12. The adder of claim 11 wherein each of said "n" stages is a 2-input NAND gate.

13. The adder of claim 8 including means for generating a generated parity p_{s} from said sum and means for comparing said predicted parity p_{p} and said generated parity p_{s} to detect errors in the operation of said adder.

14. A counter for stepping a binary number defined by first bits organized from high-order to low-order and having a parity, to form a new binary number, said counter including a parity prediction circuit comprising,

a parity prediction network including a plurality of stages, said stages organized from high-order to low-order so that each one of said stages corresponds in order to one of said first bits, where each stage includes means for generating a parity transmission bit from the next higher-order transmission bit and a corresponding one of said first bits, said stages connected in series from high-order to low-order to form a low-order transmission bit, and including means for logically combining said low-order transmission bit and said parity to form the predicted parity of said new binary number.

15. A counter including "n+1" stages designated from high-order to low-order as 0, 1, . . . , i, . . . , n and for stepping a binary number b_{0}, b_{1}, . . . , b_{i}, . . . , b_{n} having a parity p_{b} to form a new binary number b'_{0}, b'_{1}, . . . , b'_{i}, . . . , b'_{n}, said counter including a parity prediction circuit comprising,

a parity prediction network including "n" stages designated from high-order to low-order as 1, 2, . . . , i, . . . , n where each stage includes means for generating the parity prediction transmission bit x_{i}, for all values of "i" from 1 to "n", given as follows:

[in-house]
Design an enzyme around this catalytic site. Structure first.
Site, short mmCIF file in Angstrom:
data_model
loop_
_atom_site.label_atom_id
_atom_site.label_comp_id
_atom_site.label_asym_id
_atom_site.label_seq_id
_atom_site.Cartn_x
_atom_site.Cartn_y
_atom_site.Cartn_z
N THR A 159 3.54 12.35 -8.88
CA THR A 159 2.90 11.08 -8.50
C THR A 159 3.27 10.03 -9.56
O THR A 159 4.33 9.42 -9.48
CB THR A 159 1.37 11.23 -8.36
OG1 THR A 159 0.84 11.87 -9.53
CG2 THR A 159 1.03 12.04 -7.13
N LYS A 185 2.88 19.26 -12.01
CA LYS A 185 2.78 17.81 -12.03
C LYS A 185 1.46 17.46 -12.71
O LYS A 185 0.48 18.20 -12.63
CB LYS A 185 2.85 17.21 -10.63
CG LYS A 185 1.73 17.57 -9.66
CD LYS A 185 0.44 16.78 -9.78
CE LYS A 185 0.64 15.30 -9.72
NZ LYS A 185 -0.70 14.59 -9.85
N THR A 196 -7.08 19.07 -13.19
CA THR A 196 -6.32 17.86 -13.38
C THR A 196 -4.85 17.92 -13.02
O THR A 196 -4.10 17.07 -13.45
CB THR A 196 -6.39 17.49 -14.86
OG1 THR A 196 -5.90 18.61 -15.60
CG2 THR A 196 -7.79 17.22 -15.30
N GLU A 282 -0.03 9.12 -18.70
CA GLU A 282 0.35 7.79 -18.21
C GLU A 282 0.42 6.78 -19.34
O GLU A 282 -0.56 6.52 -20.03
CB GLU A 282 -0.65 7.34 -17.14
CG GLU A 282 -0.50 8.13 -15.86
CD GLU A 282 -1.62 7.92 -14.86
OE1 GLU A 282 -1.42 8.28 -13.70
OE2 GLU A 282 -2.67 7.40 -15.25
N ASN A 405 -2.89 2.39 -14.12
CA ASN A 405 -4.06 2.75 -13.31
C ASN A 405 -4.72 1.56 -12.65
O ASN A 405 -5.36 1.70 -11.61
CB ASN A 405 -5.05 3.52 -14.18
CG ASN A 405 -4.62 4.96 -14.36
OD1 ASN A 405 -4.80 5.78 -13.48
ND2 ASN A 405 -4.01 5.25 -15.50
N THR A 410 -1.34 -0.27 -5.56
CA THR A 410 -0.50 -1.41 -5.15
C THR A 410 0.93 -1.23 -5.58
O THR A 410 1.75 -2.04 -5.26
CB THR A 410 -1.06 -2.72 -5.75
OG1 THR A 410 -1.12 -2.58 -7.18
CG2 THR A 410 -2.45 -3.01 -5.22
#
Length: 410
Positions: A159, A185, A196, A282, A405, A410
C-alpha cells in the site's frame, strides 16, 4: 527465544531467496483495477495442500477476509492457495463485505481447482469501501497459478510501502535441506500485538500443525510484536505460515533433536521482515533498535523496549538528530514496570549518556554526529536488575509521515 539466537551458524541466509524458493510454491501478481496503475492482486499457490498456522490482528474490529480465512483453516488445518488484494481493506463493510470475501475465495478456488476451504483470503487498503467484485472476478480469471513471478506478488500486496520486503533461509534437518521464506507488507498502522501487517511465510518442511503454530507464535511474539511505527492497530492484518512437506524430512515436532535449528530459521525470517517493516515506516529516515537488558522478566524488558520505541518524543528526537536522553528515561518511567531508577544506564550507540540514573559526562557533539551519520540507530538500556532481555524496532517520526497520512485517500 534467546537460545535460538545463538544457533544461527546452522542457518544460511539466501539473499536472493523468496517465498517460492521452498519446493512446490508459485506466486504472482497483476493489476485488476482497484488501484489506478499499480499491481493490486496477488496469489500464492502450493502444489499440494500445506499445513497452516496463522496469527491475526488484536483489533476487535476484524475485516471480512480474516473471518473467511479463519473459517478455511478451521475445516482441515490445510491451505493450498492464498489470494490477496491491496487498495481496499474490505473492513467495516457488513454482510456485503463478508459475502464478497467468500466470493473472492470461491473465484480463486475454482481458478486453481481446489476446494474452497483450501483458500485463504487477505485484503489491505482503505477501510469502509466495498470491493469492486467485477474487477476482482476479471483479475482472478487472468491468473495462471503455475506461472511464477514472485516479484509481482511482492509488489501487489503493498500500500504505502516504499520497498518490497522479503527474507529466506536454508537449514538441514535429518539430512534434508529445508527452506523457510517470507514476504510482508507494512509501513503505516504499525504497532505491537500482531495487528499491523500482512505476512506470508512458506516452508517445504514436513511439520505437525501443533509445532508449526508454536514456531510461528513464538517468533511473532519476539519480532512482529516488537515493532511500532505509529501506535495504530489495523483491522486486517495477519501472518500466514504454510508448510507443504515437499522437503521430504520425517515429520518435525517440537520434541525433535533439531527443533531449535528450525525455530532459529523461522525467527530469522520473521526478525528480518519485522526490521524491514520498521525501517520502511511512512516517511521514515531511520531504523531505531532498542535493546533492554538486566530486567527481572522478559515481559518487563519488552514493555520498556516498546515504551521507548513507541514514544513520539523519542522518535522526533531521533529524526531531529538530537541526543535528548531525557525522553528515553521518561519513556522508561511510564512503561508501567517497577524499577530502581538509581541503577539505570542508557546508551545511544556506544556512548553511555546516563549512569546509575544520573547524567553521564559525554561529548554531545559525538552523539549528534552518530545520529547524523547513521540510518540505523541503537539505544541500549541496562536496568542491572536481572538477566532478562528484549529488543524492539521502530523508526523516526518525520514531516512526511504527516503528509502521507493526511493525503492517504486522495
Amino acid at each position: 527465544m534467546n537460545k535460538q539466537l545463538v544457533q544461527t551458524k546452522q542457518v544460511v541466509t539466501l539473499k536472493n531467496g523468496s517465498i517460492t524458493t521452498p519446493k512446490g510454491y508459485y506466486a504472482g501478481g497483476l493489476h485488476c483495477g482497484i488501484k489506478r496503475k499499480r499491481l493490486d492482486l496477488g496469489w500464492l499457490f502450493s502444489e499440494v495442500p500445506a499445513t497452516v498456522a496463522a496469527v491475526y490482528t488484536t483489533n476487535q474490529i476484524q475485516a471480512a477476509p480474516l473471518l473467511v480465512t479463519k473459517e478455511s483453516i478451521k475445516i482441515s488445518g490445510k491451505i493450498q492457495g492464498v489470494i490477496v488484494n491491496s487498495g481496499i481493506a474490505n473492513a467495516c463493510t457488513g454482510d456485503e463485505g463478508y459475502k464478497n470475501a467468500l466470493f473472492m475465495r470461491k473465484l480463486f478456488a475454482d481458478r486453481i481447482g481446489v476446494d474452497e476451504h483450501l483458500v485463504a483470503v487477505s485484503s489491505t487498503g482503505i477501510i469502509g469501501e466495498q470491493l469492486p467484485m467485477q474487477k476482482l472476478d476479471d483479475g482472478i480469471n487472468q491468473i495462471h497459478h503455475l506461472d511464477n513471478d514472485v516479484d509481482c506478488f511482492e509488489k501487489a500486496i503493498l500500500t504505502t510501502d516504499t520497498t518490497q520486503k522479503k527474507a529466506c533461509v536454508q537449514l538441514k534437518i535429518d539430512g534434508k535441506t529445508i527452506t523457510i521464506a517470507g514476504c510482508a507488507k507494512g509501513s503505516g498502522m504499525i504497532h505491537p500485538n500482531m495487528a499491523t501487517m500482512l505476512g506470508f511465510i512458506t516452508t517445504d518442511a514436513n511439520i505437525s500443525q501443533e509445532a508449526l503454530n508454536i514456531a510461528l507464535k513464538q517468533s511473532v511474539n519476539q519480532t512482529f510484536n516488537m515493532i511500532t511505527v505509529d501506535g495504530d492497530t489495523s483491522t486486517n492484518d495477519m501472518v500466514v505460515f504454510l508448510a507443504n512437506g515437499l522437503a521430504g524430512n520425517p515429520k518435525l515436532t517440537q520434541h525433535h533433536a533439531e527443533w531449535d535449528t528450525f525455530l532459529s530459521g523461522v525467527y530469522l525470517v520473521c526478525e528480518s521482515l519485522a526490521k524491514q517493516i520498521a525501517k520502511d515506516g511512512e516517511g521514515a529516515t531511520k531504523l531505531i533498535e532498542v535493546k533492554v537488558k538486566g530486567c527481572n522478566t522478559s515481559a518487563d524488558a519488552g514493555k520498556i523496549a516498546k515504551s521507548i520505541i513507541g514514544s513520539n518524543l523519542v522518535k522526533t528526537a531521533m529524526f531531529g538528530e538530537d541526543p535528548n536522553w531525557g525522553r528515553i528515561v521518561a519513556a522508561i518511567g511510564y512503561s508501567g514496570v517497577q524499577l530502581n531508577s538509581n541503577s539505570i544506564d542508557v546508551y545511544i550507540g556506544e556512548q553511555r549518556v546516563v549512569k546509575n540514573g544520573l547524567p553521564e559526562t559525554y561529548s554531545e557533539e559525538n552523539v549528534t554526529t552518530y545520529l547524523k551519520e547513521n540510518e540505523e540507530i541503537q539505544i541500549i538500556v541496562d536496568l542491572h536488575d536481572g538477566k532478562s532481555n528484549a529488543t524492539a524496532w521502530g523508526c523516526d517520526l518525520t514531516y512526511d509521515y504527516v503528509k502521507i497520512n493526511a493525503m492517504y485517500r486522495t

x_{i}=[P_{i}][x_{i-1}]=[b_{i}][x_{i-1}]

where P_{i} is the bit propagate given by,

P_{i}=0⊕b_{i}=b_{i}

said prediction circuit including logic means for logically combining the x_{n} transmission bit and the parity p_{b} to form the predicted parity p_{p}.

16. The counter of claim 15 wherein for "i" equal to 1, x_{i} is given as follows:

x_{1}=[b_{1}][x_{0}]=b_{0}

where x_{0} is a constant 1 and said predicted parity is for said new binary number.

17. The counter of claim 15 including means for providing a carry-out C_{OUT} from the 0^{th} high-order stage and wherein said network includes an additional "n+1" stage where said "n+1" stage is the highest-order stage and includes means for generating said parity prediction transmission bit x_{i} for "i" equal to 0, where x_{0} is given as follows:

x_{0}=[b_{0}][x_{-1}]=b_{0}

and where x_{-1} is a constant 1 and said predicted parity is for the combination of said new binary number and said carry-out C_{OUT}.

18. The counter of claim 15 wherein each stage consists of a 2-input NAND gate.

19. The counter of claim 15 including means for receiving a stepping signal C_{IN} for stepping said counter and wherein said logic means includes means for logically combining the x_{n} transmission bit, the stepping signal C_{IN}, and the parity p_{b} to form said predicted parity.

20. In an adder having a plurality of stages organized from high-order to low-order for adding a first number, defined by first bits organized from high-order to low-order and having a first parity, and a second number, defined by second bits organized from high-order to low-order and having a second parity, to form a sum, a method of predicting parity for said sum comprising,